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Breaking the Bottleneck

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It's not just having the right technology to improve bed management, it's also knowing how to use it.

Technology can help make hospitals more efficient, improve quality, and reduce patient flow bottlenecks—but only if the technology is used effectively. Many organizations will buy some new technology and not use it to its full capability, says Lynette Wheeler, service leader for cardiopulmonary and vascular services at Heartland Health in St. Joseph, MO. "It happens more than administrators would like to think," she says.

Challenges include capturing good and timely data and effective utilization of data in the system. For example, two of the biggest roadblocks to optimizing bed management technology are behavioral issues: staff members batching admissions or discharge orders rather than entering them into the system in a timely fashion, and employees bypassing the system and reverting to manual processes because the technology is too cumbersome for the existing workflow.

As with any technology, the system is only as good as the data going in, says Mary Ann Holt, RN, a partner with IMA Consulting in Chadds Ford, PA. "If a person is not entering data in an accurate and timely manner, then you are not getting that information communicated back to the right people so that they can use it," she says.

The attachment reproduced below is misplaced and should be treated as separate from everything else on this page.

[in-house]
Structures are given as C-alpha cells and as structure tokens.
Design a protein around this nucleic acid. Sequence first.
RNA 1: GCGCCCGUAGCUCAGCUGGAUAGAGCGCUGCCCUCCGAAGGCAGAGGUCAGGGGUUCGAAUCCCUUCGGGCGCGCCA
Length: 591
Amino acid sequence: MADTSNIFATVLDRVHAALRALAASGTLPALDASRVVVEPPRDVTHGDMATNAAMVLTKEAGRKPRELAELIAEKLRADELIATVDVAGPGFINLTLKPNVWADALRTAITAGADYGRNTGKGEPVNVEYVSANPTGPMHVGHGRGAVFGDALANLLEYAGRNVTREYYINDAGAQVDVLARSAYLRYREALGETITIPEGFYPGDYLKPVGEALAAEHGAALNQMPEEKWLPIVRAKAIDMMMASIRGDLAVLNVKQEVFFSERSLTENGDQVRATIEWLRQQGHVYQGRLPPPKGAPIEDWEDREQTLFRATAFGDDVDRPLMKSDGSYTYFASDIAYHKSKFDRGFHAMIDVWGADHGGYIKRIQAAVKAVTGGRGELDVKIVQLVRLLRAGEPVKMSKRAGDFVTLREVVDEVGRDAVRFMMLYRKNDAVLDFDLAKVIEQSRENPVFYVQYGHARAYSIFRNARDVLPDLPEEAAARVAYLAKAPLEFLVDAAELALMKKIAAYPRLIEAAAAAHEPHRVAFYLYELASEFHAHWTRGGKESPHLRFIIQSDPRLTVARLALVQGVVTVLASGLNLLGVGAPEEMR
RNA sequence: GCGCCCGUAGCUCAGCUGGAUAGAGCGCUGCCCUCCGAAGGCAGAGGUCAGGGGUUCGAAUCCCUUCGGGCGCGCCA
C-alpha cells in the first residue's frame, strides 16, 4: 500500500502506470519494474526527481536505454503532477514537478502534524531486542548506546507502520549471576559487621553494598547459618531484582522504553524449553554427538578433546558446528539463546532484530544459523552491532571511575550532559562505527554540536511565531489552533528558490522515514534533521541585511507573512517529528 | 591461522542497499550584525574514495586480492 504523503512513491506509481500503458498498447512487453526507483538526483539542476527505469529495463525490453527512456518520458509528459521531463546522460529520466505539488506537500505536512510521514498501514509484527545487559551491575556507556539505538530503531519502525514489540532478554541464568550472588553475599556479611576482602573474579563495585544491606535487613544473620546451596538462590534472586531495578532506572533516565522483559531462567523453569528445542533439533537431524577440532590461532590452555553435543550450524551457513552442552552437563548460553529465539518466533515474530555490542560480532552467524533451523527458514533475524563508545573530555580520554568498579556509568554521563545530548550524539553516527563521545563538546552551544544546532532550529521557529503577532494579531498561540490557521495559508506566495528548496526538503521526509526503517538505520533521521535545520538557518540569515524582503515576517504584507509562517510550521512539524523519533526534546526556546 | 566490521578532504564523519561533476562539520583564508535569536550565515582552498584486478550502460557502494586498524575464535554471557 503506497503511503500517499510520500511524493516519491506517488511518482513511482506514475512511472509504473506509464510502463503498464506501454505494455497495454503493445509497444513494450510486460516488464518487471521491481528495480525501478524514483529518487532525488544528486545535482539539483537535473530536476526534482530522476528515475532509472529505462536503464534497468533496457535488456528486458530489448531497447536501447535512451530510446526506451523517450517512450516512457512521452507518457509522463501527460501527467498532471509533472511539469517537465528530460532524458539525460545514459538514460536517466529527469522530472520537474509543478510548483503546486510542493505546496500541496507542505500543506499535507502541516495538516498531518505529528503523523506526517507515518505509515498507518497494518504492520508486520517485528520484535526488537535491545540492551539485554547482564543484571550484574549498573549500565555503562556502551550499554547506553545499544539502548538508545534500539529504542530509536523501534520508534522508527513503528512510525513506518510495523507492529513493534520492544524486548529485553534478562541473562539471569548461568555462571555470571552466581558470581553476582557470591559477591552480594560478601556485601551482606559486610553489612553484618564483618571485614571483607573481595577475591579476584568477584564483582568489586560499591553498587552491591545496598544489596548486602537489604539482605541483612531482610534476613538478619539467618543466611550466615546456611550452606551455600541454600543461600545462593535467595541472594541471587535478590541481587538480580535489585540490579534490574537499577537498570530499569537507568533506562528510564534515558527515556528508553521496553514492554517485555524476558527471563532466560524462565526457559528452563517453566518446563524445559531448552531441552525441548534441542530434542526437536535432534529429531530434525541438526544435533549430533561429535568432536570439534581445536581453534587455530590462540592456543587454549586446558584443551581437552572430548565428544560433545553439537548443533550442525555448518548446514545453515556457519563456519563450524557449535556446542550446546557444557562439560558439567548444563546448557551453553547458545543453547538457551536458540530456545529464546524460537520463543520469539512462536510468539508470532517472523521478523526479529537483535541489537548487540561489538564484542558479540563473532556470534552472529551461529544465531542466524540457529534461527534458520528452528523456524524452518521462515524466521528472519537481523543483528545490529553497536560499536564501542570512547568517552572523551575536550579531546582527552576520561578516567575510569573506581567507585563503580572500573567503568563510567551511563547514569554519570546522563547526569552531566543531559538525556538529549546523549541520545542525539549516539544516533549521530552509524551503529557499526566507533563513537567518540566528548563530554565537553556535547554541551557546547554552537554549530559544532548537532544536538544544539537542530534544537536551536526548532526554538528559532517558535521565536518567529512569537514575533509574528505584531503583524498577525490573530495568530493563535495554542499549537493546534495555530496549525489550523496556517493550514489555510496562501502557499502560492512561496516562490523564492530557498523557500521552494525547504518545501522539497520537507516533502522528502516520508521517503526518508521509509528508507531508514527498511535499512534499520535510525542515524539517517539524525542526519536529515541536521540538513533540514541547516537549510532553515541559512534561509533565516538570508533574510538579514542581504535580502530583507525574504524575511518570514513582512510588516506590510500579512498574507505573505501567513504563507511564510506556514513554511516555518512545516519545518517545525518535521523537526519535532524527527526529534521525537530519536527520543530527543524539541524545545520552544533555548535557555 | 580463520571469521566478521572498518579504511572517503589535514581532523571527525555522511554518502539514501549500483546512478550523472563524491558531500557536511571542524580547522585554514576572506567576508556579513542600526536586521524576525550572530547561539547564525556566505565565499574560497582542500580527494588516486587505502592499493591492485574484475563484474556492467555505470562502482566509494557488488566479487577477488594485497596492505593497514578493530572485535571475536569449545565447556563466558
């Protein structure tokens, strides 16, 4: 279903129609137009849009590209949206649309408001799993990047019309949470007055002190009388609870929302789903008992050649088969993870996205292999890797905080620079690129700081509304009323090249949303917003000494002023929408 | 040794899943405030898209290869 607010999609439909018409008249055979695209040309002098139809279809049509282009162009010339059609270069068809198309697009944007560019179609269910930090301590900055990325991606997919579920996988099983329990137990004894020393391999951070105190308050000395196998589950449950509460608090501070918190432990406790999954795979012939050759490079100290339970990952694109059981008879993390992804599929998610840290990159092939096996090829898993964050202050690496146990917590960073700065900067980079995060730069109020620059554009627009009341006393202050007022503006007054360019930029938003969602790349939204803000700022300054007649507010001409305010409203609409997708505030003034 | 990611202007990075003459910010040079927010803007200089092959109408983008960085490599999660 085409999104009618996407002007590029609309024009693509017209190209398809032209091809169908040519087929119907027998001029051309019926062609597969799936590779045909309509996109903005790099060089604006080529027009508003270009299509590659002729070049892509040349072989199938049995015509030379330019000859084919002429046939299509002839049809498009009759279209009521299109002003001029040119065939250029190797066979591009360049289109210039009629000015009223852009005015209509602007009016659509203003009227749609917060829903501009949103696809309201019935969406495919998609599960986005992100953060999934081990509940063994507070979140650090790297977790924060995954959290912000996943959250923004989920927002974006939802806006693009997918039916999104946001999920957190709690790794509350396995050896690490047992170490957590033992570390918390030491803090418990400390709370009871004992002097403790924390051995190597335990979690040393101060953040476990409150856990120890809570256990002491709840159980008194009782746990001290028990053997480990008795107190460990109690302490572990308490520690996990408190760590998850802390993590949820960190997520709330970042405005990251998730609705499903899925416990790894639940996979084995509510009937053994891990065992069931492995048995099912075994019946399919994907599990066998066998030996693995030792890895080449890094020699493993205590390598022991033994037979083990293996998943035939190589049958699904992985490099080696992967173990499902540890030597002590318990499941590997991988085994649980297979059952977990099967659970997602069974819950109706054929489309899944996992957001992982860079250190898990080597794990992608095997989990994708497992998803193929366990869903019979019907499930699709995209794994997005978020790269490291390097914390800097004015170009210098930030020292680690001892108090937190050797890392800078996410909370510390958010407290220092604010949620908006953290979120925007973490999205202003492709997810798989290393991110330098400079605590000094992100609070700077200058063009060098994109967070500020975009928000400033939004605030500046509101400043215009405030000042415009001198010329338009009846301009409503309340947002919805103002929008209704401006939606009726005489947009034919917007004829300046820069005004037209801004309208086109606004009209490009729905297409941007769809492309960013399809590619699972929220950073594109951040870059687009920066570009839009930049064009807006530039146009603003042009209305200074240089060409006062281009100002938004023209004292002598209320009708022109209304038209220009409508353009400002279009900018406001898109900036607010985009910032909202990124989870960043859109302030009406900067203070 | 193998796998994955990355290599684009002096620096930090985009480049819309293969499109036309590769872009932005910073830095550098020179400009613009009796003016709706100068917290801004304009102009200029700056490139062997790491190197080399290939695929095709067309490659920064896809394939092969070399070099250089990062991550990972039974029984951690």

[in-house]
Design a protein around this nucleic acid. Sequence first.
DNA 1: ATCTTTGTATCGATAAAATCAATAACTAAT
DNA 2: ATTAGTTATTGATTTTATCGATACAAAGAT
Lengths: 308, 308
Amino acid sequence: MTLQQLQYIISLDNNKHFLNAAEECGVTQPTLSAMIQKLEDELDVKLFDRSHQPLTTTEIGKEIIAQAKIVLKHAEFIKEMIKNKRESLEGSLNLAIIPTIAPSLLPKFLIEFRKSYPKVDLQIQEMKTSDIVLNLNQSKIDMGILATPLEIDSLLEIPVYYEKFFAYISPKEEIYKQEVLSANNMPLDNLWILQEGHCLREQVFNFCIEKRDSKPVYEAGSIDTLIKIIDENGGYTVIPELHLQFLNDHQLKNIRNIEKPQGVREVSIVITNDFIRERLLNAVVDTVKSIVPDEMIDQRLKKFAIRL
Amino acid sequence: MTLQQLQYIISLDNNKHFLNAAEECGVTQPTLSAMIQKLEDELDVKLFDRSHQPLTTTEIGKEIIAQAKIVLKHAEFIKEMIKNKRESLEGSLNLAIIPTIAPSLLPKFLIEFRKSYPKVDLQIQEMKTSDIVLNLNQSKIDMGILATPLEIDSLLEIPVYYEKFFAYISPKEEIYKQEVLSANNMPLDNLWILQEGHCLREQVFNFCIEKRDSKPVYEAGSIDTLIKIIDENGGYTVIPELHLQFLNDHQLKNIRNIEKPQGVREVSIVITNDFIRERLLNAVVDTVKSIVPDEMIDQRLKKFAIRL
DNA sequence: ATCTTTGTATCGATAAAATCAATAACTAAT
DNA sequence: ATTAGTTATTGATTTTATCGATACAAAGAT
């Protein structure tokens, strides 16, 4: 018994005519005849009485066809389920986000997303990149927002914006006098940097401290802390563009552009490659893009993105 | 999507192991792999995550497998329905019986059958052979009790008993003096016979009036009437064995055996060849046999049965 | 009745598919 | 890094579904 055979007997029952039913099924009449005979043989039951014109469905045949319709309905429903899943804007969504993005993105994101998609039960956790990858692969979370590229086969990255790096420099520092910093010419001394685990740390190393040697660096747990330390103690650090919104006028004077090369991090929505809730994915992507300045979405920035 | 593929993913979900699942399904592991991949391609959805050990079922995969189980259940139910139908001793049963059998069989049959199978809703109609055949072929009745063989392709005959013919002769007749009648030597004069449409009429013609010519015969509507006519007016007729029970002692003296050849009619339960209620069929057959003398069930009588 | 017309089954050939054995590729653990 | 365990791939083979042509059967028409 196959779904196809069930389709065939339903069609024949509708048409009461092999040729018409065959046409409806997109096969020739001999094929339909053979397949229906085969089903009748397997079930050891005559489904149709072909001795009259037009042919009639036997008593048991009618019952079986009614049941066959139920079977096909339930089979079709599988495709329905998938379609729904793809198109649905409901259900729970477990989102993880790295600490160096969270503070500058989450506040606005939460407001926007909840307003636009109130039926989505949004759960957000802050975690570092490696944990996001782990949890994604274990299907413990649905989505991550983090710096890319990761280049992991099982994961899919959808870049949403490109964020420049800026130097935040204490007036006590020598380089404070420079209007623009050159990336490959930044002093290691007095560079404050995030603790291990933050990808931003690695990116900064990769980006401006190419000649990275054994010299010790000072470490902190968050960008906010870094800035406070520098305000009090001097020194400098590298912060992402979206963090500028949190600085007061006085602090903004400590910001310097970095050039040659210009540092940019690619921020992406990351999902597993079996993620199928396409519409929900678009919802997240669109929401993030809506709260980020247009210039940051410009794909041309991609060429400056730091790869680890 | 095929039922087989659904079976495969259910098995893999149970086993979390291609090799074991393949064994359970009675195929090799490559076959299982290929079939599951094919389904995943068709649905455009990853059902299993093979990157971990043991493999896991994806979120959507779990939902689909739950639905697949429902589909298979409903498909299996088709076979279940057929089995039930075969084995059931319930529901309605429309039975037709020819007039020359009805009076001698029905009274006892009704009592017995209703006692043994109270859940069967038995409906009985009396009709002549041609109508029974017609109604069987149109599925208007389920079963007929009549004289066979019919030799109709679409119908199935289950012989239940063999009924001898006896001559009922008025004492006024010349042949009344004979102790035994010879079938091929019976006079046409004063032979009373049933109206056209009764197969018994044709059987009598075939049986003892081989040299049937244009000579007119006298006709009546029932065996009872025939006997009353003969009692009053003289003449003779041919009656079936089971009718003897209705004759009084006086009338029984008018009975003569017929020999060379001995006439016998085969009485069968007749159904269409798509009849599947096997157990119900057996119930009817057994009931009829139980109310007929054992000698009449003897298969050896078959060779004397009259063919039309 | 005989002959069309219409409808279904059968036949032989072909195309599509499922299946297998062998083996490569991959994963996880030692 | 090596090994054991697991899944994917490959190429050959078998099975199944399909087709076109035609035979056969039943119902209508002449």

Here's what two health systems did to optimize their use of technology.

Train, train, train. Heartland Health consistently ranked in the top percentile for various quality metrics in cardiology. But it has also ranked in the top quartile for cost, says Wheeler. So the health system launched a cardiovascular services project to improve care and eliminate waste. "We have a lot of competition only 40 minutes away, and consumers, especially baby boomers, want to shop, so we couldn't just tout our quality. We knew we'd have to get costs in line," says Wheeler.

The health system, which already owned a number of Premier Healthcare Alliance tools, such as ClinicalAdvisor, which offers clinical efficiency and quality performance benchmarking, partnered with Premier's consultants to help meet its goals. The tools can be complex, and determining what data to take out and how to interpret it can be difficult, so the consultants helped show staff members additional tricks to using the system, Wheeler says.

When Moses Cone Health System in Greensboro, NC, implemented a patient flow solution from Farmington, CT-based Premise (now part of Eclipsys Corp.), it enlisted the help of leaders in the patient placement and information systems departments to work with the vendor during the installation and test phases to resolve any workflow issues. Then it trained charge nurses and inpatient department leadership to the highest level, since they use the system the most.

Capture the right data. One of the first challenges Heartland Health faced was determining where the bottlenecks from its cardiac catheterization labs were coming from. So it used technology and flow charts of its processes to identify the hot spots.

"We had to get all of the staff involved, because it crosses more than one department," says Wheeler. The health system determined that the bottlenecks weren't from the day of the surgery to discharge, she says. "It was presurgery that was our delay and biggest opportunity—not postsurgery."

To date, the project has saved the hospital, which was a recipient of the 2009 Malcolm Baldrige National Quality Award, more than $3.3 million in its cardiovascular service line from labor, supplies, length of stay, and throughput.

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